Percentage of hits in preferred connection cache

Indicates the percentage of hits in the preferred connection cache, compared to the total number of requests made by this instance to that cache.


The preferred connection cache contains connections from the SQL connection pool that was last used by a Microsoft Dynamics NAV user.

This measure indicates the percentage of requests for SQL connections that were serviced by the connections already present in the preferred connection cache.

A high value is desired for this measure as it means that connection requests were serviced by the cache itself, and not by the SQL connection pool. This indicates that the NAV server was able to connect to the SQL database server quickly.

Percentage of hits in calculated fields cache

Indicates the percentage of requests made by this instance that were serviced by the calculated fields cache.


The calculated fields cache contains the results of the CALCFIELDS Function (Record) calls. The CALCFIELDS Function calculates the FlowFields in a record. FlowFields are virtual fields. The values in these fields are not saved in the table. This means that you must use either the CALCFIELDS function or the SETAUTOCALCFIELDS Function (Record) to update them. For example, if you retrieve a record using the FIND Function (Record) and NEXT Function (Record), the FlowFields in those records are set to zero (0). Then, when you call CALCFIELDS, their values are updated.

A high value for this measure implies that a large number of requests for FlowFields were serviced by the calculated fields cache itself, thus minimizing direct database accesses and related overheads. A high value is hence desired for this measure.

A low value on the other hand means that the database had to be accessed to service a majority of requests for FlowFields.  This can happen even the calculated fields cache does not have enough space to hold on to the results of the CALCFIELDS Function (Record) calls. You may have to size the cache right to avoid this.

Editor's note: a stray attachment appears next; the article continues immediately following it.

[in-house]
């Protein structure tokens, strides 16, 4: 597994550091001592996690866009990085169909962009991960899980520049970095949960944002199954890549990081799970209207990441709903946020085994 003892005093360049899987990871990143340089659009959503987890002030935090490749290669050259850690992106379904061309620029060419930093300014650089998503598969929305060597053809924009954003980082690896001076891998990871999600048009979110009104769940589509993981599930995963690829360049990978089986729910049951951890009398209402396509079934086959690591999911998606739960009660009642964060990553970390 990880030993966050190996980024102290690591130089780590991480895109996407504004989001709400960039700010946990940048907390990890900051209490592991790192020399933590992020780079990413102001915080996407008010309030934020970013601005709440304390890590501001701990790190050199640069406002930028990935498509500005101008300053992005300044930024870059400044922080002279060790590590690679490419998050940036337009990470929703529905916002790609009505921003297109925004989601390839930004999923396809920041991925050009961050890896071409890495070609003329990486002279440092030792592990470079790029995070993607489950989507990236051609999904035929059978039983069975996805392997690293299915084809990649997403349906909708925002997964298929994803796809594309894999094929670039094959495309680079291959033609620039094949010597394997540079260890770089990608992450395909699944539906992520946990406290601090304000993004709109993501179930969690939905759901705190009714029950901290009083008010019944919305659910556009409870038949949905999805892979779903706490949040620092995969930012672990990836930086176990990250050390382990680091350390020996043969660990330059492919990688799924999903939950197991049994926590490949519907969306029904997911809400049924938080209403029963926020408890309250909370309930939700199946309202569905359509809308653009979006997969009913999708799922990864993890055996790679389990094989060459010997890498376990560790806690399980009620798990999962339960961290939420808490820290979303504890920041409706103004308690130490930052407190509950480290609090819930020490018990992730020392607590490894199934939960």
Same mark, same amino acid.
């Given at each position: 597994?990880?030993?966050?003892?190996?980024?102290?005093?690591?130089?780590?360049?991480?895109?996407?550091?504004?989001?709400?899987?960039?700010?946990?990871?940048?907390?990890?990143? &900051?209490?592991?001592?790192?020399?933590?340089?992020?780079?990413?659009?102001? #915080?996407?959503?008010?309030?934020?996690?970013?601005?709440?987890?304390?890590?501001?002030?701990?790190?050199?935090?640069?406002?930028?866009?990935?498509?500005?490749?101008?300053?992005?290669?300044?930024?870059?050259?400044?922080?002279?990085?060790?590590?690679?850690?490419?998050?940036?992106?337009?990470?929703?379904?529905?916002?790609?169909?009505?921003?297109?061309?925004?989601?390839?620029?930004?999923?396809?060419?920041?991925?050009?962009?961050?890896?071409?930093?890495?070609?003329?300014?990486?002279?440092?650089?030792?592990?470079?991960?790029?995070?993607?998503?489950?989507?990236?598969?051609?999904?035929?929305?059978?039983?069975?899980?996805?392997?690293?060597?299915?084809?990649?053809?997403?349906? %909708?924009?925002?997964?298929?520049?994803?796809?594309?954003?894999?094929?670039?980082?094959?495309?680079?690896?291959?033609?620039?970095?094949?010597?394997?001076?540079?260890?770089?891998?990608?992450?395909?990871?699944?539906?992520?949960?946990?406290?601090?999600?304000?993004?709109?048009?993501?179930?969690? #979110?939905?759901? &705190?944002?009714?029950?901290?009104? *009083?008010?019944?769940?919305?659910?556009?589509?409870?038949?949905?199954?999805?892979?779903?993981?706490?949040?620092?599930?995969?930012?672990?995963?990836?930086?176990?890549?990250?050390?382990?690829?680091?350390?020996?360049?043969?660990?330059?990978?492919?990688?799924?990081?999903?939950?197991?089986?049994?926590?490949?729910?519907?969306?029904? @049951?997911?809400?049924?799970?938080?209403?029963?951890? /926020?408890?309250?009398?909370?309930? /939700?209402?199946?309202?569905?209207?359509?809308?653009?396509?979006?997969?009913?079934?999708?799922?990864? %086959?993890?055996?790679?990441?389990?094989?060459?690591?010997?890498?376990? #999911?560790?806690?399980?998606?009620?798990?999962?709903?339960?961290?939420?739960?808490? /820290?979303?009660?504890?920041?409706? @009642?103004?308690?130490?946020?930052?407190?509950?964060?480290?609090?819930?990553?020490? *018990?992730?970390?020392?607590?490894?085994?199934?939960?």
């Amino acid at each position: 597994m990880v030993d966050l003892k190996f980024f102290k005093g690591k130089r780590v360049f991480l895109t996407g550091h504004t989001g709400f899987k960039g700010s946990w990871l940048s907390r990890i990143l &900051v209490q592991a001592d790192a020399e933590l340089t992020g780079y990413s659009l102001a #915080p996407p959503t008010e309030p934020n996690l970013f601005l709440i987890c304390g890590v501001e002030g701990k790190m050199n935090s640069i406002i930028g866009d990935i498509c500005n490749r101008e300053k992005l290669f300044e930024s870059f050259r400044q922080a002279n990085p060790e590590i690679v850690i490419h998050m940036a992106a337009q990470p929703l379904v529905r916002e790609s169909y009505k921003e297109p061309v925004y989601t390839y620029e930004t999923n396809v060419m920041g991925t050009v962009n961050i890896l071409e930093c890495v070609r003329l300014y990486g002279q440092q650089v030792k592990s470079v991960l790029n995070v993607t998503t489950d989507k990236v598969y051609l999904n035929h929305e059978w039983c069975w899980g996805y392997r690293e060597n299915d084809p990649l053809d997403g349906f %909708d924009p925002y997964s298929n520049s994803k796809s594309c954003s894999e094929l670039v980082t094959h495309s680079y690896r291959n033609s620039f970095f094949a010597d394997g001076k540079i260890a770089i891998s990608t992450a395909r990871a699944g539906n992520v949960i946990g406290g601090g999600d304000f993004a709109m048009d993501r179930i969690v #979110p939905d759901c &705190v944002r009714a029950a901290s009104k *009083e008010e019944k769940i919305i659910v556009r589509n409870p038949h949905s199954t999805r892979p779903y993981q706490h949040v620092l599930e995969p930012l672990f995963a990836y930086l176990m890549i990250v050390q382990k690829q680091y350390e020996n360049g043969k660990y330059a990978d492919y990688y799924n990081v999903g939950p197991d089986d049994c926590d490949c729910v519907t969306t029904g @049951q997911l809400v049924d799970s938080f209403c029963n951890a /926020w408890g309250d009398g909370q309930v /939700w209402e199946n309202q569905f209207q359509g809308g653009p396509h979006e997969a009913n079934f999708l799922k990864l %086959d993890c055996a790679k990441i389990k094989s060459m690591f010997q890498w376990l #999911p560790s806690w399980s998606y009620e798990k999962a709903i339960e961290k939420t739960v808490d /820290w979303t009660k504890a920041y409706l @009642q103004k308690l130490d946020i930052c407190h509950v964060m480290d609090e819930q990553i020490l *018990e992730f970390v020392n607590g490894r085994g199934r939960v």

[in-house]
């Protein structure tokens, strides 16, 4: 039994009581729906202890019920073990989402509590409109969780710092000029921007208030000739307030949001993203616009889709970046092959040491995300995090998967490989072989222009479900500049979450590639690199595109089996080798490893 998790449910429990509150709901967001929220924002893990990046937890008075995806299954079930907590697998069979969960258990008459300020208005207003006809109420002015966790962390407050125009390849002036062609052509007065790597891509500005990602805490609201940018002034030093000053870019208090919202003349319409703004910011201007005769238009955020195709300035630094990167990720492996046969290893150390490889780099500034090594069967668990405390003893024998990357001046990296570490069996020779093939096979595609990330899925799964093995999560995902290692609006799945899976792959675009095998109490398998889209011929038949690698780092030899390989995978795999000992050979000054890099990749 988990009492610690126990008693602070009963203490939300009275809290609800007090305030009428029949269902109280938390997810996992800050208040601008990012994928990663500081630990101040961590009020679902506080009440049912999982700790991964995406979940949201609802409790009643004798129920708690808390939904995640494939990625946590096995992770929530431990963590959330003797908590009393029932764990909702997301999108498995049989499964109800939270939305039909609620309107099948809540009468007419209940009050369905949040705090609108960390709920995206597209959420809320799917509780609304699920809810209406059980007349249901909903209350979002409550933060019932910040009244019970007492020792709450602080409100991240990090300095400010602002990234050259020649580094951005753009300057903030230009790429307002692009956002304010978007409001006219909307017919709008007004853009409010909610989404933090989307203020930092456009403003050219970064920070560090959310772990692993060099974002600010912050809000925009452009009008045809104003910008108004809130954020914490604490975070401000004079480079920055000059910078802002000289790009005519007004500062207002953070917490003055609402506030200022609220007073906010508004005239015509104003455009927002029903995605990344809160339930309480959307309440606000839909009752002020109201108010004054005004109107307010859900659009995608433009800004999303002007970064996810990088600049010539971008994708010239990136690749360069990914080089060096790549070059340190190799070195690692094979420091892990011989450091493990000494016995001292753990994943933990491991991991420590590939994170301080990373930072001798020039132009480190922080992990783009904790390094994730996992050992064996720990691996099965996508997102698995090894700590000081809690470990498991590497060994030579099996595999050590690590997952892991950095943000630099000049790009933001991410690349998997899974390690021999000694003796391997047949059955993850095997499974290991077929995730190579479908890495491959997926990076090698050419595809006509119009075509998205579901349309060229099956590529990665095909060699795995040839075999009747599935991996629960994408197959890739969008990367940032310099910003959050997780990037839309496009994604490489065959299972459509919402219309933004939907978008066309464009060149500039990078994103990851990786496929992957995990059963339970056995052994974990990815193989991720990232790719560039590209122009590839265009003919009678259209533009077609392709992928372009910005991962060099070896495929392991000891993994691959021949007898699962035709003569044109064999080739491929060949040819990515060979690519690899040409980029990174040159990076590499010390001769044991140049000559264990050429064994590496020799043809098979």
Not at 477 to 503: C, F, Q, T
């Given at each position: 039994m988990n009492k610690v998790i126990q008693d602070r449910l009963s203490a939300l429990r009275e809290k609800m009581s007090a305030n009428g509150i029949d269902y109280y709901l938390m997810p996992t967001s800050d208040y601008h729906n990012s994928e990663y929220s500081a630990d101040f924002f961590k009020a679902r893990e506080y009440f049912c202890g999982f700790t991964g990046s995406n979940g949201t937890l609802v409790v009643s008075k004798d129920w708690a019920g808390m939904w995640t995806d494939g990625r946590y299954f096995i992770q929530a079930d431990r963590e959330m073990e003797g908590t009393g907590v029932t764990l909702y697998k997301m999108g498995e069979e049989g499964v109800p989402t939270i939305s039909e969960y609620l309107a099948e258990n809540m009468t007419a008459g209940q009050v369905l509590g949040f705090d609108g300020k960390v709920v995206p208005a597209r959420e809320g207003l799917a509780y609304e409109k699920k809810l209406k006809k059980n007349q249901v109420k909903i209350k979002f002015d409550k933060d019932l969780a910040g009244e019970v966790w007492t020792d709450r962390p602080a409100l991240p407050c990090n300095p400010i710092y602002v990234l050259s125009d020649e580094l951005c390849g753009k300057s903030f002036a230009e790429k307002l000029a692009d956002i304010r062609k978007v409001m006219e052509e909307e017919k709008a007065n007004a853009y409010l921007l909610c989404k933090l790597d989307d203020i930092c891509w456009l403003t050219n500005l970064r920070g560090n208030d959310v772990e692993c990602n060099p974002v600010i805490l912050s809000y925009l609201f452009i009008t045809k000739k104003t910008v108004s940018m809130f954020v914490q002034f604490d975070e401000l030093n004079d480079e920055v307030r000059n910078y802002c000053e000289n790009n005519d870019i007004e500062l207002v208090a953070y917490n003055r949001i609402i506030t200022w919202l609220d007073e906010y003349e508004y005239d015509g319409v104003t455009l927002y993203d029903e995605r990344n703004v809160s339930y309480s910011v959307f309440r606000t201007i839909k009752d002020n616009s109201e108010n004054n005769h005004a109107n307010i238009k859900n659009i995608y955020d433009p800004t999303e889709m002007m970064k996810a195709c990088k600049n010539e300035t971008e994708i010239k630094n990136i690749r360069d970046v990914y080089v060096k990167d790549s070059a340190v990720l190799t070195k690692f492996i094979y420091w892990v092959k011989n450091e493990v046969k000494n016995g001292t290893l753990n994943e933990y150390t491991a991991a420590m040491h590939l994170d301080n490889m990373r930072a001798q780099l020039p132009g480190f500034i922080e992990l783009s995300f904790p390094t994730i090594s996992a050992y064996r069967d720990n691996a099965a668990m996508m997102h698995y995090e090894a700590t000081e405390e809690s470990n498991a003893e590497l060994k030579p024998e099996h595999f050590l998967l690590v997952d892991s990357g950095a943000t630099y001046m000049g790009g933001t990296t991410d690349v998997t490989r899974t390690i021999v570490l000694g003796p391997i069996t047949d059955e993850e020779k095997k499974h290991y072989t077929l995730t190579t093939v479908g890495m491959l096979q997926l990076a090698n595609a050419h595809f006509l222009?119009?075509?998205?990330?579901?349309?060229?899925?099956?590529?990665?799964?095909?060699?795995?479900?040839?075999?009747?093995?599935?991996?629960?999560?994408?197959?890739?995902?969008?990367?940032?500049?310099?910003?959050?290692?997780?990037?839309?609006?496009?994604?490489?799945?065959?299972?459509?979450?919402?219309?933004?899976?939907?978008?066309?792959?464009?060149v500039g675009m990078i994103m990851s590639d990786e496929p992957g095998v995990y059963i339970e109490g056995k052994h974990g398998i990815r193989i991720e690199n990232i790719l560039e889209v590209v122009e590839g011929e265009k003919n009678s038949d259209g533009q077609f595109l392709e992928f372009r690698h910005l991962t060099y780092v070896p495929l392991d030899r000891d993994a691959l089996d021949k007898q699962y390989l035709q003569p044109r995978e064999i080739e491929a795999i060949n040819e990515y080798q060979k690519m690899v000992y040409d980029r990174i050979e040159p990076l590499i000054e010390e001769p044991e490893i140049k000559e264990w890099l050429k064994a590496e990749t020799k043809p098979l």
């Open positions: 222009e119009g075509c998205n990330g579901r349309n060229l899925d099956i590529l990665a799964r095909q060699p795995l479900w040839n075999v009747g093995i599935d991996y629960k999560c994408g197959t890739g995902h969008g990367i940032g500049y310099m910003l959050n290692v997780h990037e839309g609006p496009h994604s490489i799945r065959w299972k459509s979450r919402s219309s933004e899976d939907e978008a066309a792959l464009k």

Percentage of hits in command cache

Indicates the percentage of requests made by this instance that were serviced by the SQL command cache.


The command cache contains the results of all SQL commands.

If the results of a SQL command are available in the commands cache, then a query need not retrieve the same by directly accessing the database. This significantly improves database performance, as it greatly reduces expensive database accesses. This is why, the value of this measure should ideally be high.

A low value on the other hand implies that many requests did not find their results in the command cache, and were hence forced to access the database for the same. This can happen if the command cache is not sized right, and is hence not able to store many SQL command results. If this is so, then you may want to consider fine-tuning the cache size.

Percentage of hits in primary key cache

Indicates the percentage of requests made by this instance that were serviced by the primary key cache.


The primary key cache contains the results of requests to get a record by using its primary key.

A high value for this measure indicates that many queries that use the primary key for retrieving records are being serviced by the primary key cache itself, and are not being sent to the database for processing. As this reduces expensive database accesses, it is good practice to keep the value of this measure high.

A low value for this measure on the other hand implies that a majority of such queries are being processed in the SQL database only, as the primary key cache does not have the desired results. This could be because enough memory has not been assigned to the cache. You may want to consider resizing the cache for better results.

Percentage of hits in result set cache

Indicates the percentage of requests made by this instance that were serviced by the result set cache.



The result set cache contains result sets that are returned from SQL Server.

A well-sized result set cache can significantly improve database performance by reducing direct database accesses for servicing requests. In this case, the value of this measure will be high.

A low value on the other hand could imply that the cache is badly sized, rendering it unable to handle requests. This is bound to have an adverse impact on database health, as it means that requests are accessing the database often for result sets.

Number of rows in all temporary tables

Indicates the number of rows in all temporary tables for this instance.